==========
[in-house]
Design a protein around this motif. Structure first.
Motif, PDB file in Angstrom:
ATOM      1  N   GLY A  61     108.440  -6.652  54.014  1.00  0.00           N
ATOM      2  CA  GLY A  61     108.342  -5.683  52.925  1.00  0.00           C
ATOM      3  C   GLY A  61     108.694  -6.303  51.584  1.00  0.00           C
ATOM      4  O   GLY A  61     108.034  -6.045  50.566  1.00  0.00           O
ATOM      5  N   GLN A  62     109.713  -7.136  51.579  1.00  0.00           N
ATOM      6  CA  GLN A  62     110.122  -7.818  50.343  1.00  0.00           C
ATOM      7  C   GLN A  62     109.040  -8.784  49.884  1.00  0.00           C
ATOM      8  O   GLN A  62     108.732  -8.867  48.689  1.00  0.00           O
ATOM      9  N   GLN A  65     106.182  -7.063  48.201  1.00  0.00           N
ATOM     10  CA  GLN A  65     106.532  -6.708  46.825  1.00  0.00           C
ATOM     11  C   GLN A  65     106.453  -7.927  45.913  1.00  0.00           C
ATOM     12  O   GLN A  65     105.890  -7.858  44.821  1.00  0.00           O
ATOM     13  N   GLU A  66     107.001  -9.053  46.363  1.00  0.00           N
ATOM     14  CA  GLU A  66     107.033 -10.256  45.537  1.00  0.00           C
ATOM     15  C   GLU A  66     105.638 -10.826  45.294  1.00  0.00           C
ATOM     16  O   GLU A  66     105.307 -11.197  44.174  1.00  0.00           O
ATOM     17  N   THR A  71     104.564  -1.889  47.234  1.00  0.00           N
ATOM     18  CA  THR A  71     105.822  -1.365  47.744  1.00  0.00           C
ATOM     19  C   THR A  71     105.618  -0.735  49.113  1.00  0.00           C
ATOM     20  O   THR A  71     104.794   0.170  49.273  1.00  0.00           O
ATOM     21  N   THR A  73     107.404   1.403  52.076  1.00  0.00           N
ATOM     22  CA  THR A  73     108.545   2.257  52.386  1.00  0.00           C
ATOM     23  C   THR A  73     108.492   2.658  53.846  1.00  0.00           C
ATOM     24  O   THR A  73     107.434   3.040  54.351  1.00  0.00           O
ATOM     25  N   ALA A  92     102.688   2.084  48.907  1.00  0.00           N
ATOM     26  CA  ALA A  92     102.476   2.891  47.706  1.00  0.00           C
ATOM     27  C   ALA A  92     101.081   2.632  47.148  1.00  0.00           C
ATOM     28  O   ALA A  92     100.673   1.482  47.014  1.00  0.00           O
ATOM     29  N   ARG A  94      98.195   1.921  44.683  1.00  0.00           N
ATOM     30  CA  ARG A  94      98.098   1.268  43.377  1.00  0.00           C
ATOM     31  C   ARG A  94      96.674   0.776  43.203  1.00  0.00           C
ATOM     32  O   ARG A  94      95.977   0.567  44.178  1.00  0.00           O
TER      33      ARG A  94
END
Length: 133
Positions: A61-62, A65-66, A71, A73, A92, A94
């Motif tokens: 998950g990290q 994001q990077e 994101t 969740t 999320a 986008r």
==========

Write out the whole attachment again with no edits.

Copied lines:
[in-house]
Design a protein around this motif. Structure first.
Motif, PDB file in Angstrom:
ATOM      1  N   GLY A  61     108.440  -6.652  54.014  1.00  0.00           N
ATOM      2  CA  GLY A  61     108.342  -5.683  52.925  1.00  0.00           C
ATOM      3  C   GLY A  61     108.694  -6.303  51.584  1.00  0.00           C
ATOM      4  O   GLY A  61     108.034  -6.045  50.566  1.00  0.00           O
ATOM      5  N   GLN A  62     109.713  -7.136  51.579  1.00  0.00           N
ATOM      6  CA  GLN A  62     110.122  -7.818  50.343  1.00  0.00           C
ATOM      7  C   GLN A  62     109.040  -8.784  49.884  1.00  0.00           C
ATOM      8  O   GLN A  62     108.732  -8.867  48.689  1.00  0.00           O
ATOM      9  N   GLN A  65     106.182  -7.063  48.201  1.00  0.00           N
ATOM     10  CA  GLN A  65     106.532  -6.708  46.825  1.00  0.00           C
ATOM     11  C   GLN A  65     106.453  -7.927  45.913  1.00  0.00           C
ATOM     12  O   GLN A  65     105.890  -7.858  44.821  1.00  0.00           O
ATOM     13  N   GLU A  66     107.001  -9.053  46.363  1.00  0.00           N
ATOM     14  CA  GLU A  66     107.033 -10.256  45.537  1.00  0.00           C
ATOM     15  C   GLU A  66     105.638 -10.826  45.294  1.00  0.00           C
ATOM     16  O   GLU A  66     105.307 -11.197  44.174  1.00  0.00           O
ATOM     17  N   THR A  71     104.564  -1.889  47.234  1.00  0.00           N
ATOM     18  CA  THR A  71     105.822  -1.365  47.744  1.00  0.00           C
ATOM     19  C   THR A  71     105.618  -0.735  49.113  1.00  0.00           C
ATOM     20  O   THR A  71     104.794   0.170  49.273  1.00  0.00           O
ATOM     21  N   THR A  73     107.404   1.403  52.076  1.00  0.00           N
ATOM     22  CA  THR A  73     108.545   2.257  52.386  1.00  0.00           C
ATOM     23  C   THR A  73     108.492   2.658  53.846  1.00  0.00           C
ATOM     24  O   THR A  73     107.434   3.040  54.351  1.00  0.00           O
ATOM     25  N   ALA A  92     102.688   2.084  48.907  1.00  0.00           N
ATOM     26  CA  ALA A  92     102.476   2.891  47.706  1.00  0.00           C
ATOM     27  C   ALA A  92     101.081   2.632  47.148  1.00  0.00           C
ATOM     28  O   ALA A  92     100.673   1.482  47.014  1.00  0.00           O
ATOM     29  N   ARG A  94      98.195   1.921  44.683  1.00  0.00           N
ATOM     30  CA  ARG A  94      98.098   1.268  43.377  1.00  0.00           C
ATOM     31  C   ARG A  94      96.674   0.776  43.203  1.00  0.00           C
ATOM     32  O   ARG A  94      95.977   0.567  44.178  1.00  0.00           O
TER      33      ARG A  94
END
Length: 133
Positions: A61-62, A65-66, A71, A73, A92, A94
């Motif tokens: 998950g990290q 994001q990077e 994101t 969740t 999320a 986008r």